A storehouse of linguistic, archaeological, cultural and biological anthropology information.
Anthropology is the study of humans in the past and present. It draws on the humanities as well as social, biological, and physical sciences. Historically, anthropologists in the United States study one of four topics, or sub-fields: sociocultural anthropology, biological/physical anthropology, archaeology, and linguistics.
Post your interesting linguistic, archaeology, sociocultural, and biological anthropology links.
Feel free to ask questions at our sibling sub, /r/AskAnthropology! For book recommendations check the Recommended Reading Page of our wiki.
Please follow our rules:
Only submissions from reputable sources: mainstream news sites, journals, anthropological association sites, and university websites. Personal sites and blogs are only allowed if run by academics in anthropology or related fields and the content is relevant to the sub.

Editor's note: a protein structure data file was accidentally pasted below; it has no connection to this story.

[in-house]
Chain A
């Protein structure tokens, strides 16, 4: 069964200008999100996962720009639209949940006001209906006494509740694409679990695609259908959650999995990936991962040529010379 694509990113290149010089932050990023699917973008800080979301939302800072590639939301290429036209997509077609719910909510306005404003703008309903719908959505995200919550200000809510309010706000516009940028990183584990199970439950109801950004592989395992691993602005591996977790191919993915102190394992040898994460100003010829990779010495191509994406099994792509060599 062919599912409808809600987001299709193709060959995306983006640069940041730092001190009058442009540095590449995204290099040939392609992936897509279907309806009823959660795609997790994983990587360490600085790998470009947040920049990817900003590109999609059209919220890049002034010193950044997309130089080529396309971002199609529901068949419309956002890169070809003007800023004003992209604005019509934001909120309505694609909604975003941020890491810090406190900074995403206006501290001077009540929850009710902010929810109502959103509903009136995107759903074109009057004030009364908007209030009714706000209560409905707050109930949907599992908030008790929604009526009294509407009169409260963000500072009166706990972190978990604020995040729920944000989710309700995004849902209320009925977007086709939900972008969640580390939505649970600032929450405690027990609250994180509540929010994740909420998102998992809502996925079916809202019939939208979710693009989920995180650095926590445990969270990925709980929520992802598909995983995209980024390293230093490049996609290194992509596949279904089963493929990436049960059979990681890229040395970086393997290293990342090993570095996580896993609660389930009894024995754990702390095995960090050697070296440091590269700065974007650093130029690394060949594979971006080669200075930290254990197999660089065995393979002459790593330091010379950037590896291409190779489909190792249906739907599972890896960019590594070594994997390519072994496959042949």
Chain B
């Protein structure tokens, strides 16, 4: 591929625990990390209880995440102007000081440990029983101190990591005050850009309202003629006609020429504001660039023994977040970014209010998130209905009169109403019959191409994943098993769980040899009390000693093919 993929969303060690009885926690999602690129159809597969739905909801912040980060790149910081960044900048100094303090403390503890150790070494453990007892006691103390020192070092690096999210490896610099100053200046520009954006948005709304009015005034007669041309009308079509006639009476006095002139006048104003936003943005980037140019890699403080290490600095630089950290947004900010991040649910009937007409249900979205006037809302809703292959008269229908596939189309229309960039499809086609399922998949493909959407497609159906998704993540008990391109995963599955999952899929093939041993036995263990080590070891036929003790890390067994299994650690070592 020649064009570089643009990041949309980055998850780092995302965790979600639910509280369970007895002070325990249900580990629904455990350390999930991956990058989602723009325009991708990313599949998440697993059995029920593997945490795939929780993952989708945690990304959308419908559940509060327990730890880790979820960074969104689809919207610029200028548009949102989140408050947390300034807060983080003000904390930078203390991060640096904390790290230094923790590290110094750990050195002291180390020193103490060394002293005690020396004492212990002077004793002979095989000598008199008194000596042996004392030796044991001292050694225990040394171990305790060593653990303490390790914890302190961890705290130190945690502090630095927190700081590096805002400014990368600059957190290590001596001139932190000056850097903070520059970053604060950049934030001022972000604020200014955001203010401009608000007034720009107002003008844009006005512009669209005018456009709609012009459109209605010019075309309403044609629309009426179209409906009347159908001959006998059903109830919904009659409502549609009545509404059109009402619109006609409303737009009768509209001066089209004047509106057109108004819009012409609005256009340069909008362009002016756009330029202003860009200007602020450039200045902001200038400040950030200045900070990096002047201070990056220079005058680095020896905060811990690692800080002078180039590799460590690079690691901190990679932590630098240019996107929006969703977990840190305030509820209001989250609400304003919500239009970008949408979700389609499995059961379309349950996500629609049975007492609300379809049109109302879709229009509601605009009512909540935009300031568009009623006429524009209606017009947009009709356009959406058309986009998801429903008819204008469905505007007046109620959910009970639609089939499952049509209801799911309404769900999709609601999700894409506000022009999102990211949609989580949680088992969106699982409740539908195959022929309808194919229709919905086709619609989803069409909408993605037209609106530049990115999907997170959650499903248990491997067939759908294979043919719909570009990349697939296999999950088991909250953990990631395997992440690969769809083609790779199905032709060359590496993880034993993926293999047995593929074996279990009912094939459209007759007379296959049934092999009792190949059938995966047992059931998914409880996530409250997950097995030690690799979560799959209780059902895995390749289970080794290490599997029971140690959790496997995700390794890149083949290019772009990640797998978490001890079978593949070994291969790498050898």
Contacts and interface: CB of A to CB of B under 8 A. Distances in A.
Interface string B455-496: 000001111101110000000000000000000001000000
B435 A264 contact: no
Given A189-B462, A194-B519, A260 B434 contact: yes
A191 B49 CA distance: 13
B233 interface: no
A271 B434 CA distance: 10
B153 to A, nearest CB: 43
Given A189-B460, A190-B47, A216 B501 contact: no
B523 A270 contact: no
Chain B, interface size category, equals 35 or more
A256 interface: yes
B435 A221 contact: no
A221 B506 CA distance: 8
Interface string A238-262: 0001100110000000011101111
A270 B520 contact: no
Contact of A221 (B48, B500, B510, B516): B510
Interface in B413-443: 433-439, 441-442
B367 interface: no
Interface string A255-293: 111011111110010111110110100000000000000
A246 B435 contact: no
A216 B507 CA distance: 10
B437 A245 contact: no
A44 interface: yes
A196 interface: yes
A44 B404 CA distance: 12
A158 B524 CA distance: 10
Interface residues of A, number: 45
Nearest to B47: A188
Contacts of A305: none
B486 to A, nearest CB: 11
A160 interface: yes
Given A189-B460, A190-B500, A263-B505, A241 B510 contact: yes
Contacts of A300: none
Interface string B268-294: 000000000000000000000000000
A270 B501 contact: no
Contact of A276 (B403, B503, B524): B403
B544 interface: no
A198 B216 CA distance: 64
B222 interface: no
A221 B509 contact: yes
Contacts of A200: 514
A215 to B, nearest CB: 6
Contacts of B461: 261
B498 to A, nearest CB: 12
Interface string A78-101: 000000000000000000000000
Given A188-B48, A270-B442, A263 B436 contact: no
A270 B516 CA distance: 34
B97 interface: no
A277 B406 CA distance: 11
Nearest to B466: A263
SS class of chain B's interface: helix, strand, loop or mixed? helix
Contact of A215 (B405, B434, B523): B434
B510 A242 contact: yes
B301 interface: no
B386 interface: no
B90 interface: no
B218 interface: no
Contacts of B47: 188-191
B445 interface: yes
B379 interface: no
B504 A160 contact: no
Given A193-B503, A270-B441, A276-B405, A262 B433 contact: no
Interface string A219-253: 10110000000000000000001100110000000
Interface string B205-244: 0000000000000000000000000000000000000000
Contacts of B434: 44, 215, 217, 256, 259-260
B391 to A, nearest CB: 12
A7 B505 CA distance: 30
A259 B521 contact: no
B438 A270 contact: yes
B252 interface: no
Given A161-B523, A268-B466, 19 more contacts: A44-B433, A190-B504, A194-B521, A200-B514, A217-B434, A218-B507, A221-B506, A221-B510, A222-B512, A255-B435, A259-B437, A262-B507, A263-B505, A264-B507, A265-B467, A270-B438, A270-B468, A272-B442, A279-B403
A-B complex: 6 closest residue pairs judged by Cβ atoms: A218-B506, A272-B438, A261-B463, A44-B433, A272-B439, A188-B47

No jokes or puns. Also no aggressive, rude, or hateful comments. If comments are off topic or inappropriate they will be removed.
"Race realism", "human biodiversity", conspiracy theories, and pseudoscience will be removed as will any other content that is incorrect or not supported by reputable scholarship.
No direct submissions to images. Video submissions are accepted but subject to rule 1.
Answers to questions posed to the community do not have to include citations but they are encouraged. If asked for sources, commenters should provide them. Incorrect answers will be removed.
Read more about anthropology here:
Professional Anthropology Associations